“Damn it,” he growls at last, scrubbing a hand over his face.
“Can I ask, sir,” the attendant ‘bot says tentatively, “what the rush is? We will be getting a new batch of bodies in a week’s time -”
“This body doesn’t have a week,” Dominic interrupts. “It has a few days, at most. I can’t wait for another shipment.”
“I see.” The attendant’s sensors dilate, and Dominic grits his teeth. He hates being scanned. He can’t feel it, of course, but the scrutiny makes him want to crawl out of his skin. “You have been poisoned.”
“No shit.” Dominic shifts uncomfortably under the attendant’s unwavering gaze. “Can we get on with it? I don’t have a lot of time.”
“Of course,” the attendant says briskly. “Come with me.”
The attendant leads him to a separate room that’s not part of the main ward. It’s dark, and cool, and Dominic’s eyes take a moment to adjust to the dim light.
“Perhaps you will find something here that is to your liking,” the attendant tells him.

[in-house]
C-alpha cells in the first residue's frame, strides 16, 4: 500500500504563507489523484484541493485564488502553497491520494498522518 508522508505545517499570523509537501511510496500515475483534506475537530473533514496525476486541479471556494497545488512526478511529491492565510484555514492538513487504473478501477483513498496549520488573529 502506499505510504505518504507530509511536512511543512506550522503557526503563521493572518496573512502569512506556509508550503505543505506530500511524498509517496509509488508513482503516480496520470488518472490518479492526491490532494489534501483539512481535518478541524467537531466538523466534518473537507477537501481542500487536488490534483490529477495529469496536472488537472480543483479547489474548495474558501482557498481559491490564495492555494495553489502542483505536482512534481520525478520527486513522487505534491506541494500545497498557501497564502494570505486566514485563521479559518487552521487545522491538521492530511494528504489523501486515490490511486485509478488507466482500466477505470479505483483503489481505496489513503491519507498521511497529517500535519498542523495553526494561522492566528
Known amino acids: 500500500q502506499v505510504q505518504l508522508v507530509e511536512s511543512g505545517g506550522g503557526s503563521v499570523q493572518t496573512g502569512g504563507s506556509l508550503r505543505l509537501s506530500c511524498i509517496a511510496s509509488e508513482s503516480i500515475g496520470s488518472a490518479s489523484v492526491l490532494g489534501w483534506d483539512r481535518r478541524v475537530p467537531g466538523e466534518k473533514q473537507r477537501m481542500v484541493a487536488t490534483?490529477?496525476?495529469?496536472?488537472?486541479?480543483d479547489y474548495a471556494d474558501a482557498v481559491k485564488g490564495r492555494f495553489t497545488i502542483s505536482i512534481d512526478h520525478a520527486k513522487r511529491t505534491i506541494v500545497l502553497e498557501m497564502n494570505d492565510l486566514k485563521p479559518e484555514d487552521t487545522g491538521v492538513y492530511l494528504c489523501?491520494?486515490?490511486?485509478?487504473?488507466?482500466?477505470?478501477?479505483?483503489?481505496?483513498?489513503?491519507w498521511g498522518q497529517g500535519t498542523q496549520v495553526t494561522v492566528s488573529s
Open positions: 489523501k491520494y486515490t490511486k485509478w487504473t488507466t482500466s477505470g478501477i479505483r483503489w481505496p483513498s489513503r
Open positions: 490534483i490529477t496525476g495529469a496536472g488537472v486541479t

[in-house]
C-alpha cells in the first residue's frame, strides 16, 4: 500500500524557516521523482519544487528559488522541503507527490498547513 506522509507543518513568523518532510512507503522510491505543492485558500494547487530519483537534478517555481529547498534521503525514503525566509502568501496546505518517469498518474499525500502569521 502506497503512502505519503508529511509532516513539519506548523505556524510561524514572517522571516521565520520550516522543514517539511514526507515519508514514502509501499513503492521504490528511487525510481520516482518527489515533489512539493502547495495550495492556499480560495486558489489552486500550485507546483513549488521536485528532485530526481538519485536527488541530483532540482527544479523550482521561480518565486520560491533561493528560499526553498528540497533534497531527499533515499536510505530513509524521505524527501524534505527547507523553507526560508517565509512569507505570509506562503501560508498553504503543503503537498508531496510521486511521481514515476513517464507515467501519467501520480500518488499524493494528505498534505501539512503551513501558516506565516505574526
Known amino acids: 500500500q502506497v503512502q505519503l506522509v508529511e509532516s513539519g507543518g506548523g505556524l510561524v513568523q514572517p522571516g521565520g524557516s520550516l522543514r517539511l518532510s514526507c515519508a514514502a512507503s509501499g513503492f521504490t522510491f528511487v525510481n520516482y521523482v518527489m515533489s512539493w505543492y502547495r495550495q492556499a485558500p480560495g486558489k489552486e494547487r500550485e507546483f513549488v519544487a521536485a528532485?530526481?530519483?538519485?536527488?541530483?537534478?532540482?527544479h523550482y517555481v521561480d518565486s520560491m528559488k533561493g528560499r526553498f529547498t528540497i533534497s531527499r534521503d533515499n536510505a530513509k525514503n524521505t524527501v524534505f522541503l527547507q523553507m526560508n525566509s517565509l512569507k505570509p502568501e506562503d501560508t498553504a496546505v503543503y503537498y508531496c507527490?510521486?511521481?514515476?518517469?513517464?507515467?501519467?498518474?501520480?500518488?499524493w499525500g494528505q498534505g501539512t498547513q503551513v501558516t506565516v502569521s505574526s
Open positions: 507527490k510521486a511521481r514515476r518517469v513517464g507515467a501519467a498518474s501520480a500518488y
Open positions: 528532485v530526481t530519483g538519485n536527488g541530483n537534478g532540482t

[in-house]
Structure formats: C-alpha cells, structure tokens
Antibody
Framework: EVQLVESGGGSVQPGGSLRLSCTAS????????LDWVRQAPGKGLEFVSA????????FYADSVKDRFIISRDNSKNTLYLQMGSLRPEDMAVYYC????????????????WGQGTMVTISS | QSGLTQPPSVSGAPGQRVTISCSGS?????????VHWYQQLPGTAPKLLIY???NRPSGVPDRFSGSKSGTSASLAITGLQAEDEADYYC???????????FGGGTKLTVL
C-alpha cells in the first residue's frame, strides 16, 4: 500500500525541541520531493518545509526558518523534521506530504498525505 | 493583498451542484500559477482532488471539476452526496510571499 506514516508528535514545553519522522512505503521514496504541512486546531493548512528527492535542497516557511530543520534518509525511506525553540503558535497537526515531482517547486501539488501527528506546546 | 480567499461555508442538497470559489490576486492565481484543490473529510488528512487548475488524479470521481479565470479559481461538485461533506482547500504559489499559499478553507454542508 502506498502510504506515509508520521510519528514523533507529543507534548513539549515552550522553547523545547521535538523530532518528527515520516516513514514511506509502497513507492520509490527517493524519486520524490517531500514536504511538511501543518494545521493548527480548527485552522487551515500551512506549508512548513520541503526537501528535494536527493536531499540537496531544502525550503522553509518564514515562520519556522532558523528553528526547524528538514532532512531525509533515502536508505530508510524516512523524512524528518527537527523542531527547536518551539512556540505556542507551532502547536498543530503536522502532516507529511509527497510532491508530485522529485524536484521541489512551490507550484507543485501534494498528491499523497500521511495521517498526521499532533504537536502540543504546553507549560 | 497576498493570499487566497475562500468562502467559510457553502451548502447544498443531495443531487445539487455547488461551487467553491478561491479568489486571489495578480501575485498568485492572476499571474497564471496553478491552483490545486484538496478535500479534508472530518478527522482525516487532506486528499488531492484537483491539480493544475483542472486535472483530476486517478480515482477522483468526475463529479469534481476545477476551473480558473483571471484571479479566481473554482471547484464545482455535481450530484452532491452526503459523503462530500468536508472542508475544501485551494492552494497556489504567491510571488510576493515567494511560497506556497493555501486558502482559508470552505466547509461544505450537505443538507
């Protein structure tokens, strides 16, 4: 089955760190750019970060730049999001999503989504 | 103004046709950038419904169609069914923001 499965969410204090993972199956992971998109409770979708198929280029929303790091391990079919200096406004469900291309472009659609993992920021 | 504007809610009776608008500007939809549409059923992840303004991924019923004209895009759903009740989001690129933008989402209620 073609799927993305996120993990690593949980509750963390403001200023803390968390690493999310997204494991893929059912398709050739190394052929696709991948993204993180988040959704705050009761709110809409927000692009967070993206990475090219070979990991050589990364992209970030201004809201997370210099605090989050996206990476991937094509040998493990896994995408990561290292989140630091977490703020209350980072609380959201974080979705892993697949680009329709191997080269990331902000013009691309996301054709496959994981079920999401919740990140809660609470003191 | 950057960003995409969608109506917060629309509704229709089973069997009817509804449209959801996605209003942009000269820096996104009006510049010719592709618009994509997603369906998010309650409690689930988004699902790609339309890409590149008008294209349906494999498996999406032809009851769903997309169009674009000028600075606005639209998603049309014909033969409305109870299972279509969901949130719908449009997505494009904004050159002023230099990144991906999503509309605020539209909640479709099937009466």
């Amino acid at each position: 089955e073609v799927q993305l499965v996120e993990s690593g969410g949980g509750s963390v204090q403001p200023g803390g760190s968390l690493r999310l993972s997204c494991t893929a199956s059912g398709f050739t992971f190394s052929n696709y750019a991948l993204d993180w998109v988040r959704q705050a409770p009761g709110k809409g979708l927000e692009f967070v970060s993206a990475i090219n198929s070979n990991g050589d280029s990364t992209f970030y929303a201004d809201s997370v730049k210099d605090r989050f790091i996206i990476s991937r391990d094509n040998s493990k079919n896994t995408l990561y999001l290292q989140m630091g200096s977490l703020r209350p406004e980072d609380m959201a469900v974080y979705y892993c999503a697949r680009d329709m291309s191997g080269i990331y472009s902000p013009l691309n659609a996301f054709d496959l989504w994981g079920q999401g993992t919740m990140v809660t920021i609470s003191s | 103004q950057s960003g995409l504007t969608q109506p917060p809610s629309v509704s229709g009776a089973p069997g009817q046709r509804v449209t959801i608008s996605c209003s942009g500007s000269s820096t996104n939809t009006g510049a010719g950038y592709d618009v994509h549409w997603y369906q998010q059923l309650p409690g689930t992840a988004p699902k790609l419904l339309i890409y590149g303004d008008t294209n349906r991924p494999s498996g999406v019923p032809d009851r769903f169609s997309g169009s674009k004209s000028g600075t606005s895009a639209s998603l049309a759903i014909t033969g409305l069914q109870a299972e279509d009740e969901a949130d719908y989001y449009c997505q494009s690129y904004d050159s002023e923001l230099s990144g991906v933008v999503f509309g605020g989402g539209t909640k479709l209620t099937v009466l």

“These are pretty fresh,” Dominic says blankly. It’s the only thing he can think to say. The bodies he’s staring at aren’t unlike the ones that he examines on a daily basis in his line of work. They still bear the wounds that killed them, in addition to the scars and tattoos and other injuries.
“They have not yet been processed,” the attendant agrees. “But as time is of the essence, I thought you would not mind. Here.”
It drifts over to one of the bodies and pulls back the sheet so Dominic can examine every inch of it. He pauses. It’s remarkably similar to the hypothetical body he had in mind for himself. Aside from the gaping hole in his chest, and the bullet hole through his left cheek.
“This man was murdered.”
“Yes,” the attendant says.
“I thought murder victims weren’t allowed to donate their bodies for Rebirth.”
“Under certain circumstances, it is allowed,” the attendant tells him. ” His killer has already been tried and convicted, and will be imprisoned for the rest of their life. The victim had no known living relatives, and this was his request. The body is heavily discounted, of course, though it won’t be ready for a week. Reconstruction of those wounds will take longer than usual.”
“Put a rush on it,” Dominic says. The doctors hadn’t been thrilled when he’d checked himself out of the hospital, but they’d acquiesced in the end, and sent him home with medications designed to help his body hold out for seven days. That had been four days ago. “I don’t have a week.”
“Let’s go over the contract,” Dominic interrupts, “and talk about payment.”